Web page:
02/05/2012 08:46 EST | Updated 04/06/2012 05:12 EDT

Toronto Union Negotiations: CUPE And City Avoid Strike, Reach Tentative Deal

Globe and Mail/CP

TORONTO - An 11th-hour tentative deal between the City of Toronto and the union representing its outside workers has set a hard line for any upcoming contract talks, experts said Sunday.

The deal was announced early Sunday morning following tense talks that stretched long past the midnight deadline originally set by negotiators.

It averted a work stoppage that would have affected some 6,000 garbage collectors, snow plow operators, animal control officers and other outside workers.

The terms of the agreement have yet to be released, but Mark Ferguson, head of CUPE Local 416, said it involved several concessions.

Whatever it contains will have a strong impact on the fate of other unions, including the city's 23,000 inside workers, as they renegotiate their contracts, said Maurice Mazerolle, co-director of Ryerson University's Centre for Labour Management Relations.

"The real target is the other civic unions with this city," he said in an interview Sunday. "The message and tone have been set."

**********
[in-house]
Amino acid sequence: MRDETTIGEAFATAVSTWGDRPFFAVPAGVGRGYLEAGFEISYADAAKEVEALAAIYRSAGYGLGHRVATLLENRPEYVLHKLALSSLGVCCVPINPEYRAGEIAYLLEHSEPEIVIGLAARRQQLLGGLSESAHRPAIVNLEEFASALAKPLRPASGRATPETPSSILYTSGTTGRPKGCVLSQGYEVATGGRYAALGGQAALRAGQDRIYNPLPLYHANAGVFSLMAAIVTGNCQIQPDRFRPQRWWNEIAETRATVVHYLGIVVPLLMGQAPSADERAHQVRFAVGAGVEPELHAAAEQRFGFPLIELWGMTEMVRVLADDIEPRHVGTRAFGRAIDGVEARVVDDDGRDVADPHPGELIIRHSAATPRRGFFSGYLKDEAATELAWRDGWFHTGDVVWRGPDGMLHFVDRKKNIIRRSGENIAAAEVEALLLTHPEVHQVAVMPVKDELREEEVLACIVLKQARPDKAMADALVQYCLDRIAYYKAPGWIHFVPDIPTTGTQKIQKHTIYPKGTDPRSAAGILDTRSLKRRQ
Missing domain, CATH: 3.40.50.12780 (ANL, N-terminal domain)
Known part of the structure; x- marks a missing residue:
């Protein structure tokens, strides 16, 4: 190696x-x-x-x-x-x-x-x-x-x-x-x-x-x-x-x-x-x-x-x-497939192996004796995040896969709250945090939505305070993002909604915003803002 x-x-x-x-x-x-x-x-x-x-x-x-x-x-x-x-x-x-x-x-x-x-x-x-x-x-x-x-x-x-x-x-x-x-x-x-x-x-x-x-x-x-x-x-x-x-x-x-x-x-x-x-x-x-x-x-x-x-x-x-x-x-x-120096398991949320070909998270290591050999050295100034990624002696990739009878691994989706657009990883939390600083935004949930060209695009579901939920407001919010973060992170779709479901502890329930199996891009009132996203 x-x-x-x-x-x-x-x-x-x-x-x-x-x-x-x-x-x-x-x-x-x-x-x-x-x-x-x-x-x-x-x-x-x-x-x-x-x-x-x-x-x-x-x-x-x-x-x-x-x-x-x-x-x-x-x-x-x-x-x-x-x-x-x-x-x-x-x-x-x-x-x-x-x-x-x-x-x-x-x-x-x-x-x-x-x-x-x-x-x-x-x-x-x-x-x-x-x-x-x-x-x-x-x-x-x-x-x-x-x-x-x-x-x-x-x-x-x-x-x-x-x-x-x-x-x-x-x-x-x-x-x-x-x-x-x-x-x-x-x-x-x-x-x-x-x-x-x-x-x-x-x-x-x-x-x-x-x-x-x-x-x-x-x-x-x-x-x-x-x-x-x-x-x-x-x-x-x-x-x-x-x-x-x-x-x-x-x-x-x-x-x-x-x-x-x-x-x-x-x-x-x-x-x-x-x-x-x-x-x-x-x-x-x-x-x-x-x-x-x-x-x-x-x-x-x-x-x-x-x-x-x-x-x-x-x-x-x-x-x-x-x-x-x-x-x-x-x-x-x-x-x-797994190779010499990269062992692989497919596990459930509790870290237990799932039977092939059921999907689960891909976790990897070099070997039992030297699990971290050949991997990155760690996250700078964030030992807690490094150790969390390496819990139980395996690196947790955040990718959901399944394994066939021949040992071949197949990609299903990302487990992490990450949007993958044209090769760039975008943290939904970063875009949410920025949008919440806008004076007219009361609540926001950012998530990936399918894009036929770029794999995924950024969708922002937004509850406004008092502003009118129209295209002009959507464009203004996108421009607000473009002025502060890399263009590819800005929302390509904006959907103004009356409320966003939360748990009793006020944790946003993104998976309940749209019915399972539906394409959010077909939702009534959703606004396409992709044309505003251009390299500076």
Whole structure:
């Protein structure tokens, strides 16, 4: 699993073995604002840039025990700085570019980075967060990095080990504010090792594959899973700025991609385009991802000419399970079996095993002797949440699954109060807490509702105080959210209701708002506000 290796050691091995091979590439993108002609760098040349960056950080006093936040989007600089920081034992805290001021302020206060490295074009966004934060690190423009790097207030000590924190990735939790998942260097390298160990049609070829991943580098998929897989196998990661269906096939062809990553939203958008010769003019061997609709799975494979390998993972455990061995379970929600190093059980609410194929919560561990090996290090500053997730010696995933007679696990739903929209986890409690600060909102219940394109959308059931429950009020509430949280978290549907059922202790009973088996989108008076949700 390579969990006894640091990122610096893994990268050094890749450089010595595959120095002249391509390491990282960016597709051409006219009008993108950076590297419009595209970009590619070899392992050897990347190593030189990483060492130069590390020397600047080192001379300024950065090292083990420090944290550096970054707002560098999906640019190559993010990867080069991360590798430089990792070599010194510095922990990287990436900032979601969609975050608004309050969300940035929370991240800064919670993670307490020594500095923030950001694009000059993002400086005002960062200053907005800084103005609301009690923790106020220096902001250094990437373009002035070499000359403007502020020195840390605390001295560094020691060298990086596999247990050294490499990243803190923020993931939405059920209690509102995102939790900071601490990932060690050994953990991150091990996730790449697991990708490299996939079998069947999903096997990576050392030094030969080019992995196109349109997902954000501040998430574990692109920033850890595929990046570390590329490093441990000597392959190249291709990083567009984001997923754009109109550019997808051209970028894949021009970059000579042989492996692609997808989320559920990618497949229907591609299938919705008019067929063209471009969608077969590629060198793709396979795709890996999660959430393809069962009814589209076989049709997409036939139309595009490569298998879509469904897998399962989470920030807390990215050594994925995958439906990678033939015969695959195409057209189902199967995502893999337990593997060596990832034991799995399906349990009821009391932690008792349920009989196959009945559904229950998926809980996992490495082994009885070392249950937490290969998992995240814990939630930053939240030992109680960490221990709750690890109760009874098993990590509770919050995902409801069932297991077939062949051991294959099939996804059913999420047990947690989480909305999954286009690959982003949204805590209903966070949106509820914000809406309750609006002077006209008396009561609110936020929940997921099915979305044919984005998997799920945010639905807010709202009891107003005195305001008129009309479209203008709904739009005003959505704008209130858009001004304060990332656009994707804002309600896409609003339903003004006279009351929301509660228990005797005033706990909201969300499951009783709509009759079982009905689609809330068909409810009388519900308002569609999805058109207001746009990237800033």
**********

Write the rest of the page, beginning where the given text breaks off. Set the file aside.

Bryan Evans, a labour expert with the university, said the bargaining tactics deployed by the city's team demonstrated a broader shift in labour relations.

"What this signals generally is that public sector labour relations, negotiating, is going to take on... much more of an aggressive tinge," he said.

The city had earlier threatened to impose the terms of its latest contract offer if there was no deal by 12:01 a.m. Sunday.

But the deadline was extended twice and talks continued into the morning.

The city's offer had included lump-sum pay increases in each year of the four-year offer, and made changes to contentious job security provisions and other items, including scheduling.

The union had offered to take a three-year wage freeze to reach a deal.

"From the start, our responsibilities were clear: to negotiate a deal, and maintain our ability to deliver high-quality community services," said Ferguson.

"I am pleased to report that we are close to reaching our goal."

Mayor Rob Ford said he is "very happy" with the proposed deal, but stopped short of calling it a victory for the city.

"It's a great day, an absolutely fantastic day, for the taxpayers of this great city," he told reporters Sunday morning.

Both sides are expected to continue working together over the next 48 hours to finish the agreement before proposing it for ratification.

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